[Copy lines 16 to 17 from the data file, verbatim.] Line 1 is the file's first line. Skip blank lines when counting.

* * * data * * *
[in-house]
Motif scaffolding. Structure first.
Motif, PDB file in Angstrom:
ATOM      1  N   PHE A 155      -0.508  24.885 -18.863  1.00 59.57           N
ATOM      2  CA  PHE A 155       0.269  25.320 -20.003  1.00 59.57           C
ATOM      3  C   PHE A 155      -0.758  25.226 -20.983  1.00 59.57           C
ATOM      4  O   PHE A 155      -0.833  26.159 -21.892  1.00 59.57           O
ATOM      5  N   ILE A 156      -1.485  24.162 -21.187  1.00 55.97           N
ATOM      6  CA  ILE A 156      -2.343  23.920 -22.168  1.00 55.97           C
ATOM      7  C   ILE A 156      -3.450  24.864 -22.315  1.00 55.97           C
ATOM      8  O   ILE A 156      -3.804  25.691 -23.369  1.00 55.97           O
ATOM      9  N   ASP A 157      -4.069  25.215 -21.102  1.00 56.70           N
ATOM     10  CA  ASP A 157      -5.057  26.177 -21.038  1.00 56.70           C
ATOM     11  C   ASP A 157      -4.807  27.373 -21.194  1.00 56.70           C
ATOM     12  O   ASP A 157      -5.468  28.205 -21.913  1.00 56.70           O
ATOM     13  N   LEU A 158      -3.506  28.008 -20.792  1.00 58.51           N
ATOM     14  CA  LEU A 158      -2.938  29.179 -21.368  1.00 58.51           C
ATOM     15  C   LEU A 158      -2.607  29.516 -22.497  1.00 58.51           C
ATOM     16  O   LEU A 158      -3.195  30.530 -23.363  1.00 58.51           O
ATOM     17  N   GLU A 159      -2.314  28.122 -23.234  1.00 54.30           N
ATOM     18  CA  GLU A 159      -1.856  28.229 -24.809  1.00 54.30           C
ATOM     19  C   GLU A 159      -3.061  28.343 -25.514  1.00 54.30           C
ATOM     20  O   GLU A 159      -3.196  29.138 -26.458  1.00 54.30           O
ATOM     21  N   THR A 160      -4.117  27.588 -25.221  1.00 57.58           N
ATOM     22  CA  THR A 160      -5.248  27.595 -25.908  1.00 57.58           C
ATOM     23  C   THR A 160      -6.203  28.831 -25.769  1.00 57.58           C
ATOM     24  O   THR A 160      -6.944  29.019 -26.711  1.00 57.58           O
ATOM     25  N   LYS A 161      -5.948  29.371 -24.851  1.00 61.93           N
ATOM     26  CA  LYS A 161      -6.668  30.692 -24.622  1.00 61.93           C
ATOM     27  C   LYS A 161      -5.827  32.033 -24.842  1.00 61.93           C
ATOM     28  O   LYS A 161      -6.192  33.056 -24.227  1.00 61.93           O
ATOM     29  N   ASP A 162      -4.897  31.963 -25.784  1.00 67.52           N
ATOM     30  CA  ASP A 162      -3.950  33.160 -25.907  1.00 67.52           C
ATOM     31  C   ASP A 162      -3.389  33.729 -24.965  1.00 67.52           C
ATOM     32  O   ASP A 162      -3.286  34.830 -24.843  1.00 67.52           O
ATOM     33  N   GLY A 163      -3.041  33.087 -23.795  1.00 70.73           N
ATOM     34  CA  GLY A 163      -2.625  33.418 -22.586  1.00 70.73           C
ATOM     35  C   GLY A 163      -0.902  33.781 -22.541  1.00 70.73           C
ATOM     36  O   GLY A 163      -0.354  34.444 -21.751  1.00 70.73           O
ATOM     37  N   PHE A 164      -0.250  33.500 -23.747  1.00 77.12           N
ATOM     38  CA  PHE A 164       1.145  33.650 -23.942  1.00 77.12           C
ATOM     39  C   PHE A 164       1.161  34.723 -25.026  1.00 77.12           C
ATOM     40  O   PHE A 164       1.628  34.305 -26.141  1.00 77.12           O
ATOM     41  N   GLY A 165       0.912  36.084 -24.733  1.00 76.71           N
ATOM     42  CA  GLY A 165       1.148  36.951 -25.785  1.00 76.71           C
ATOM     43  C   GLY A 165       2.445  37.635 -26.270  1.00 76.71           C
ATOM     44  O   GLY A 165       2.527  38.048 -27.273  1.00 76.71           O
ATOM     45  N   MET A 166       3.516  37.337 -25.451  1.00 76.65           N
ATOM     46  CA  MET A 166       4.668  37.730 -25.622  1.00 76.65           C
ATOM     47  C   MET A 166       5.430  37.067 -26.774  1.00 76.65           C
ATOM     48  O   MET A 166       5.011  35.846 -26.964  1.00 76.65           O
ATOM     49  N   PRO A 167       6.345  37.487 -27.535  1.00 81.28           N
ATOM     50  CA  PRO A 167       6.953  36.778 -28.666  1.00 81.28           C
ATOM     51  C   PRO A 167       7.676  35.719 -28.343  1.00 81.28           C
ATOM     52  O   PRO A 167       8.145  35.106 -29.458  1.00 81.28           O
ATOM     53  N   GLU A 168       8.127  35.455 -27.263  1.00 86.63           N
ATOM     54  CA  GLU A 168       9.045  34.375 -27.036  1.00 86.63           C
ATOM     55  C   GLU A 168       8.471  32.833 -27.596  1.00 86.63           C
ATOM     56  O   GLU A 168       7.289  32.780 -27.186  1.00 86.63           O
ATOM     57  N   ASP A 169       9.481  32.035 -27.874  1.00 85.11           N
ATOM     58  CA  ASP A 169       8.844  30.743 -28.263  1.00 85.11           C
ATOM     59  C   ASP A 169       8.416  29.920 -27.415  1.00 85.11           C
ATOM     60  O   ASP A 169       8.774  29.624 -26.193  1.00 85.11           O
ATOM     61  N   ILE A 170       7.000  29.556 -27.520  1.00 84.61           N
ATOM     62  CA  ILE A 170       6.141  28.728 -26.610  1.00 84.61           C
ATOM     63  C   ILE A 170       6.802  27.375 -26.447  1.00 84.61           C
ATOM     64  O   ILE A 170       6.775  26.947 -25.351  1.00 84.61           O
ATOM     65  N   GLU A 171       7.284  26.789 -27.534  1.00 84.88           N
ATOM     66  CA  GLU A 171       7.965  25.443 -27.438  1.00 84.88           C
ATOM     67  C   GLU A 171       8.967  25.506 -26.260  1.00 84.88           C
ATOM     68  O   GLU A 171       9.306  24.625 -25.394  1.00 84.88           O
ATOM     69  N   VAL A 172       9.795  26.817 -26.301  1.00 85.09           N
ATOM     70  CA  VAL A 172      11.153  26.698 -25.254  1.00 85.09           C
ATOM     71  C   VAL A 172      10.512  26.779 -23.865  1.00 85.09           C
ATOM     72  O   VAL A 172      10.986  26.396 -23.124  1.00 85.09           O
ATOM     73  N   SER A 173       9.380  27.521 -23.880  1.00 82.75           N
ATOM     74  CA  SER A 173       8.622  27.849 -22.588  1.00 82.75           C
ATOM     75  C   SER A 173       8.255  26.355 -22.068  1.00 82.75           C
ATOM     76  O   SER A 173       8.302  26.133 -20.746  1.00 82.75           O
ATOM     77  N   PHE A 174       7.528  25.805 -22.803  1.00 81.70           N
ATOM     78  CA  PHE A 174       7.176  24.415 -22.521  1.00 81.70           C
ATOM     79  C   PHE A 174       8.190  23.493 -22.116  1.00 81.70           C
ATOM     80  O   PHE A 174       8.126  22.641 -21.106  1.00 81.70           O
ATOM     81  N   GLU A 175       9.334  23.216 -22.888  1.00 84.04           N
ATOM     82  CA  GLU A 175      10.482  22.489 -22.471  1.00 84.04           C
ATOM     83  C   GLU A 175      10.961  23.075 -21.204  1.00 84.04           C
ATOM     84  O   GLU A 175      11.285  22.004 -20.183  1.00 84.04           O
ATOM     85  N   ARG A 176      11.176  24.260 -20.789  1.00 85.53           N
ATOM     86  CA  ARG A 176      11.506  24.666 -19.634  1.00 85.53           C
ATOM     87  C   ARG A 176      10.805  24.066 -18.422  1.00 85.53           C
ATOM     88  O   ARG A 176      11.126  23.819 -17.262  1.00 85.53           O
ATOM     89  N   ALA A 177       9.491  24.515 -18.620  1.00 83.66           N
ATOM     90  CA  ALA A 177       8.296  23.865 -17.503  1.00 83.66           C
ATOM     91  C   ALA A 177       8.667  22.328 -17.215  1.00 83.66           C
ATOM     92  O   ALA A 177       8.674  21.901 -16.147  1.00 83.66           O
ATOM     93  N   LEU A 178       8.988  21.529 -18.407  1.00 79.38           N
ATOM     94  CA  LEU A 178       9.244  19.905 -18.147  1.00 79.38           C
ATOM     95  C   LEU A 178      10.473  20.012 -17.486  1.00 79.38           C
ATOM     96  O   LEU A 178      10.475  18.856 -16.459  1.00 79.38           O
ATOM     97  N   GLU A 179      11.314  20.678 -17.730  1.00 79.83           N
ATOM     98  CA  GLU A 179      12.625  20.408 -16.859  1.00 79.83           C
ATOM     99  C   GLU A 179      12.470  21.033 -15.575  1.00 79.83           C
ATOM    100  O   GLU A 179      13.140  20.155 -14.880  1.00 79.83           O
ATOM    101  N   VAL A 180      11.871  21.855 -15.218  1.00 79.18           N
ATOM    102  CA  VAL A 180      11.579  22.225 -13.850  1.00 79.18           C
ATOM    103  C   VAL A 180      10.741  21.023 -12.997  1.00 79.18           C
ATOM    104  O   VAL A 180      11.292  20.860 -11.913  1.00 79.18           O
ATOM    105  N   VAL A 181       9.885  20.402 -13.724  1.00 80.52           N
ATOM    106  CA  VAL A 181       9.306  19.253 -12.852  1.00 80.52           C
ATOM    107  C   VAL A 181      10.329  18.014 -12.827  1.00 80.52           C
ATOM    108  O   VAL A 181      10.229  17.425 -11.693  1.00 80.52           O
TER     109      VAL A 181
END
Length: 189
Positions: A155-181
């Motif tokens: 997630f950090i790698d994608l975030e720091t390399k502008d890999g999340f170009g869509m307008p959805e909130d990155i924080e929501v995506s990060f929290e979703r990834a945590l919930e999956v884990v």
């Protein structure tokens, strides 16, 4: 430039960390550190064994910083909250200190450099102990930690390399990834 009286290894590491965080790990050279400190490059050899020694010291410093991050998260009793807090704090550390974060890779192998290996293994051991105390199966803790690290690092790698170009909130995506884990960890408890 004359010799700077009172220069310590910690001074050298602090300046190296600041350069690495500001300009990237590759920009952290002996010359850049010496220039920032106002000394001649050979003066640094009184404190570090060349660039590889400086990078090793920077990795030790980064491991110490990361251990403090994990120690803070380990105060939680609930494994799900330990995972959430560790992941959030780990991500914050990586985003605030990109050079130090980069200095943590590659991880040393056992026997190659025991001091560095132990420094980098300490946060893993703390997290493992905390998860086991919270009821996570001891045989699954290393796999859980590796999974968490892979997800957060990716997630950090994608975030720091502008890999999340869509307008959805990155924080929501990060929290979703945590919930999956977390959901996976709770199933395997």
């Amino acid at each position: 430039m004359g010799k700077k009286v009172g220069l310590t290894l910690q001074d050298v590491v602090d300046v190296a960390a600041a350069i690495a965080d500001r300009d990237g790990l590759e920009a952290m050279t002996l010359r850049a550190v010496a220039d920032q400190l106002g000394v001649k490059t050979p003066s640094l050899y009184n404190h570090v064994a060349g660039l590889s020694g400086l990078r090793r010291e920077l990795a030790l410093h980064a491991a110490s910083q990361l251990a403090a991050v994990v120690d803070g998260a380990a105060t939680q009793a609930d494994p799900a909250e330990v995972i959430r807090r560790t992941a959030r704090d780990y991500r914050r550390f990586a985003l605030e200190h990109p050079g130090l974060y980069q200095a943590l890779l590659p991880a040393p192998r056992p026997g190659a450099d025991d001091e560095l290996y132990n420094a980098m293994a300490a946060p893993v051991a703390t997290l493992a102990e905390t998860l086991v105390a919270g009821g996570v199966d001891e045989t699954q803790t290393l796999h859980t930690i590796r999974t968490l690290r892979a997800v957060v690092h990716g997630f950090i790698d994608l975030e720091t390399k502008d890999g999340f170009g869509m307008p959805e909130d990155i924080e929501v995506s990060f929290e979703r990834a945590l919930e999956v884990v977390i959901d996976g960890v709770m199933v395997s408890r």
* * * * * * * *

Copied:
ATOM     13  N   LEU A 158      -3.506  28.008 -20.792  1.00 58.51           N
ATOM     14  CA  LEU A 158      -2.938  29.179 -21.368  1.00 58.51           C